Big spender no more
Jeremy Michaels (not his real name) was R100 000 in debt and out of options, when he responded to an advertisement offering relief through debt counselling. Three years later he is a changed man - debt free and confident he will remain so.
“Getting into debt can happen so quickly. Your circumstances change and you start living on loans, picking up one loan, and then another and eventually your salary isn’t enough, so you can’t pay it off.
“I am a spender. I always have been. I like quality things for myself. I don’t care if something is more expensive; if it’s nice, I want it! My wife is different, she’s a gambler. I can’t spend money that way, R1000 gone in two or three minutes. I want to see a nice pair of shoes for my money.
“I’m 47 years old and have worked in sales for this company for 20 years, with one break in service for a year. My wife and I have been married for 22 years and have one son, who’s just turned 21. My wife also works, but for a long time she didn’t, and I was the only one earning. We both got into debt; we weren’t disciplined about spending.
“I never worried about money while I was working but, in 2007, I decided to go on my own go big, you know? I was already in debt; I had a bond and accounts that had to be paid - store accounts for clothing and furniture - the usual things. That was my big mistake: I should have had more capital. You think the work is just going to keep coming in.
“I was in trouble in my second month already. I was very worried about my name. I had had a very good name with all my creditors and got regular credit increases. I had a bond, and I was on my third car through the bank, and I had always paid back more than I needed to. It’s important to have a good name. Without that, you struggle. Suddenly, I couldn’t get money anywhere. So I had to manage on what I had, which wasn’t much. I lost my house eventually.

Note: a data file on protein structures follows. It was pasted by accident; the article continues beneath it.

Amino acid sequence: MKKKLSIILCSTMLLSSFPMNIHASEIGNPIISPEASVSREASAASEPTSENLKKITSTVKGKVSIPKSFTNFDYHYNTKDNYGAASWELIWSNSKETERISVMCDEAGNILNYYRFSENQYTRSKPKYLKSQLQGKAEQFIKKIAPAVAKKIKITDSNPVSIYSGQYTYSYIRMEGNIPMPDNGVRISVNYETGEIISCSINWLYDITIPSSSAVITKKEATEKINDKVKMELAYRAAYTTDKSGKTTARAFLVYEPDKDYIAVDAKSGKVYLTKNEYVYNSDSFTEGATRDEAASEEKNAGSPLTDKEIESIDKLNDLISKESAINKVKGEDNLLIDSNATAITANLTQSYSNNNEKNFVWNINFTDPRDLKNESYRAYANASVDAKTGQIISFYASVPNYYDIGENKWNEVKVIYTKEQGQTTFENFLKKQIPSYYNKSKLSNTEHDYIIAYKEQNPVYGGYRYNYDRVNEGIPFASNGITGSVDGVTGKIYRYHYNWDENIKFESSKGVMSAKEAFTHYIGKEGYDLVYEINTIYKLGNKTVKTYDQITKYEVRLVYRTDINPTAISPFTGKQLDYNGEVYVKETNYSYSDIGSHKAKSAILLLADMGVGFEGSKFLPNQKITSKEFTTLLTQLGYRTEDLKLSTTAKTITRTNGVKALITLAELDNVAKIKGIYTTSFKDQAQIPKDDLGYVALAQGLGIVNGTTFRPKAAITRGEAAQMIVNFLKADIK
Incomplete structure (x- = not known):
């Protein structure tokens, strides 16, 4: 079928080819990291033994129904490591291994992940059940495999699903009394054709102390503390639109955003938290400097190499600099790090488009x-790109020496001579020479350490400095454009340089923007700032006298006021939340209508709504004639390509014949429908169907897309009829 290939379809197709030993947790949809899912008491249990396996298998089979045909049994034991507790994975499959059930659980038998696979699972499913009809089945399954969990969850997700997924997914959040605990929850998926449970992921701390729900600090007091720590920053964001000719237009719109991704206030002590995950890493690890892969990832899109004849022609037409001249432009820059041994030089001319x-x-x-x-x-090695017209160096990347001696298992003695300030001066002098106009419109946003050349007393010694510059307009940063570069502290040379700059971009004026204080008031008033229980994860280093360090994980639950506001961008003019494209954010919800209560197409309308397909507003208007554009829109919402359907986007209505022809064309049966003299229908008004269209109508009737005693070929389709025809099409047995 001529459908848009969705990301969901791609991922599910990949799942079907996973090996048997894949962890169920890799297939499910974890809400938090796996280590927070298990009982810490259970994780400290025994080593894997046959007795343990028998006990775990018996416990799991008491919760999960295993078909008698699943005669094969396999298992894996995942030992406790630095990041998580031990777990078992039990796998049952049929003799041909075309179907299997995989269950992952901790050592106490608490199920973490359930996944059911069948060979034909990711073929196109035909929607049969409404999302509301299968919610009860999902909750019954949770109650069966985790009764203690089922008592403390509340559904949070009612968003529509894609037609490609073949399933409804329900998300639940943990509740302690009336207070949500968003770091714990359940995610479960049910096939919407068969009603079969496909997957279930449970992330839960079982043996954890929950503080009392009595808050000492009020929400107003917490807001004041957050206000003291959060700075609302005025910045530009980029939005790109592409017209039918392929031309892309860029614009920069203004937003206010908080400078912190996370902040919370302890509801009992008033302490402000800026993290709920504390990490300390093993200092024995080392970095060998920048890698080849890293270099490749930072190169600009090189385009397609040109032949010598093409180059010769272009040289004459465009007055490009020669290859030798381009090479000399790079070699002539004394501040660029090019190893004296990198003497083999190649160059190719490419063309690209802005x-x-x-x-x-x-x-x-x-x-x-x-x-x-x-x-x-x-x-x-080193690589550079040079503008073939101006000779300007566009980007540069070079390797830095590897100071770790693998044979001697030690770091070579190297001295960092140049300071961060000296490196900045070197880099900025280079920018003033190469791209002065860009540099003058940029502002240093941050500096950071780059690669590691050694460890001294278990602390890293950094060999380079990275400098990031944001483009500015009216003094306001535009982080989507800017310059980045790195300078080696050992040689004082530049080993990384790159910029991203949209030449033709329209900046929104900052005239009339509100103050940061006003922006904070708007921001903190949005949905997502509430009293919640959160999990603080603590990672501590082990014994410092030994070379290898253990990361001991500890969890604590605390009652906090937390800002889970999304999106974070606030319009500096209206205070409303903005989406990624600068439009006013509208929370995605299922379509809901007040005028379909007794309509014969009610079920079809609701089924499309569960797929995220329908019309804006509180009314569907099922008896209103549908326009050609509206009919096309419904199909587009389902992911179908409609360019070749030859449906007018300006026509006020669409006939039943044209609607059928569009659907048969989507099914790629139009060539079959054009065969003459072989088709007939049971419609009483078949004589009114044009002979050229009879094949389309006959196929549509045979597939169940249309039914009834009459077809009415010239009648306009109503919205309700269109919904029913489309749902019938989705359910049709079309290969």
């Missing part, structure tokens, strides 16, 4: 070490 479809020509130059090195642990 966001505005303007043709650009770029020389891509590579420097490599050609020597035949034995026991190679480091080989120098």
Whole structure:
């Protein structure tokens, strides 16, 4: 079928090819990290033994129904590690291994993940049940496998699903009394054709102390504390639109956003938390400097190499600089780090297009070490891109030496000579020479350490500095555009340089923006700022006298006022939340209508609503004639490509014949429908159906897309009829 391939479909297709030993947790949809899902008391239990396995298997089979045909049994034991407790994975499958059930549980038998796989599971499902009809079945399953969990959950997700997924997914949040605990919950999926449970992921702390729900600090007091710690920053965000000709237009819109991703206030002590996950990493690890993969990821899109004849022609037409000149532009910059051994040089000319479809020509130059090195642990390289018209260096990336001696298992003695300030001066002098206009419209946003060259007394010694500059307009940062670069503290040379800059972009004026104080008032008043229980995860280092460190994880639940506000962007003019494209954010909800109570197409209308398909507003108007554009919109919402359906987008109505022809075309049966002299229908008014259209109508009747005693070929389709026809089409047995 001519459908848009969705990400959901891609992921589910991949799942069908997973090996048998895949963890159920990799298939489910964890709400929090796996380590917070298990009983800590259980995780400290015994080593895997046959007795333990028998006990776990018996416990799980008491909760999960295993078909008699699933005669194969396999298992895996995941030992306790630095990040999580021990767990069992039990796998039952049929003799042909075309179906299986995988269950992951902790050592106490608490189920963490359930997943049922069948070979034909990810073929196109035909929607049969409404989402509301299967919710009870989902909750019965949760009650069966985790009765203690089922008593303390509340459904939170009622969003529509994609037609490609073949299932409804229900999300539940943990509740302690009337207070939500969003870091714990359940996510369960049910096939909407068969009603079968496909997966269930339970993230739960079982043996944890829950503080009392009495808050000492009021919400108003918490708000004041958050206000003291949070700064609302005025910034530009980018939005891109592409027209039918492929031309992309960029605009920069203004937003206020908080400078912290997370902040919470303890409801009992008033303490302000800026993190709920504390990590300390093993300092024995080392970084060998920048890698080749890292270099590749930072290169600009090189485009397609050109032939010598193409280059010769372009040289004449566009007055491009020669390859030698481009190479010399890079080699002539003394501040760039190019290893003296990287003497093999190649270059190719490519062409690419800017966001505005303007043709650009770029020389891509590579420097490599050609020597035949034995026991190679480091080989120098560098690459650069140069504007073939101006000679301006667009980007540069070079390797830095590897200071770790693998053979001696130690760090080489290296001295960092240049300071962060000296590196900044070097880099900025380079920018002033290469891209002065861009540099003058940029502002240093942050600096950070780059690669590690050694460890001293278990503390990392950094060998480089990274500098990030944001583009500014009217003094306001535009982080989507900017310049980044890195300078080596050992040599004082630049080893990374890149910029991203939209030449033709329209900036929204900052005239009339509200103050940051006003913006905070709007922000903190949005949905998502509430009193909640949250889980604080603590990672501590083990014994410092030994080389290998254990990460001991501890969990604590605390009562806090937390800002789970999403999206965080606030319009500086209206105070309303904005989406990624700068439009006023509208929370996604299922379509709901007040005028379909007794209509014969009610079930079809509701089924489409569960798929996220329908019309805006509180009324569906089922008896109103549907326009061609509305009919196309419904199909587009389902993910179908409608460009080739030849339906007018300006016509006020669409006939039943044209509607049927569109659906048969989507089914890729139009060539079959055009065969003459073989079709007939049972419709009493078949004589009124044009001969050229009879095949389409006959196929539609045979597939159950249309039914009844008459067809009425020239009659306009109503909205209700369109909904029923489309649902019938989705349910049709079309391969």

“I was on my own for a year and that year changed my whole life. It wasn’t nice, but I am thankful for it. If I’d had more capital, I could have made it, but I knew it was not working and I had to get a job again. I didn’t want to apply for my old job - I was bit embarrassed - so I put my name out through an agency and my old company heard about it. Fortunately, I had been a good worker, a hard worker, so they offered me my job back. So here I am.
“I didn’t apply for debt counselling; I just answered an ad that appeared in my email, and they responded immediately. After that, it was mostly done by email. I never met anyone. I told them what I could about my debts off the top of my head, but they were also able to check - I think through my credit record. They could say ‘We see there’s a Nedbank loan there’s Wonga ’ and they could give me the total that was outstanding.
“When they had added it together, they said I must pay R3000 a month, but then Nedbank said they wouldn’t accept what was offered; I think it was with the attorneys already. So, the amount I had to pay dropped to R2500 so I could pay Nedbank separately.
“It is scary to hand yourself over, but it was also a huge relief. And there was nothing else I could do - I was under a lot of pressure. Not only from people phoning and asking, but also because I didn’t have money to put food on the table at the end of the month. You think, ‘What am I working for? How did I get into this so quickly? Must I get a second job or a better job?’ When they told me I would have to pay R2500, my first thought was that I’d have cash left over for the first time. It was such a weight off my mind.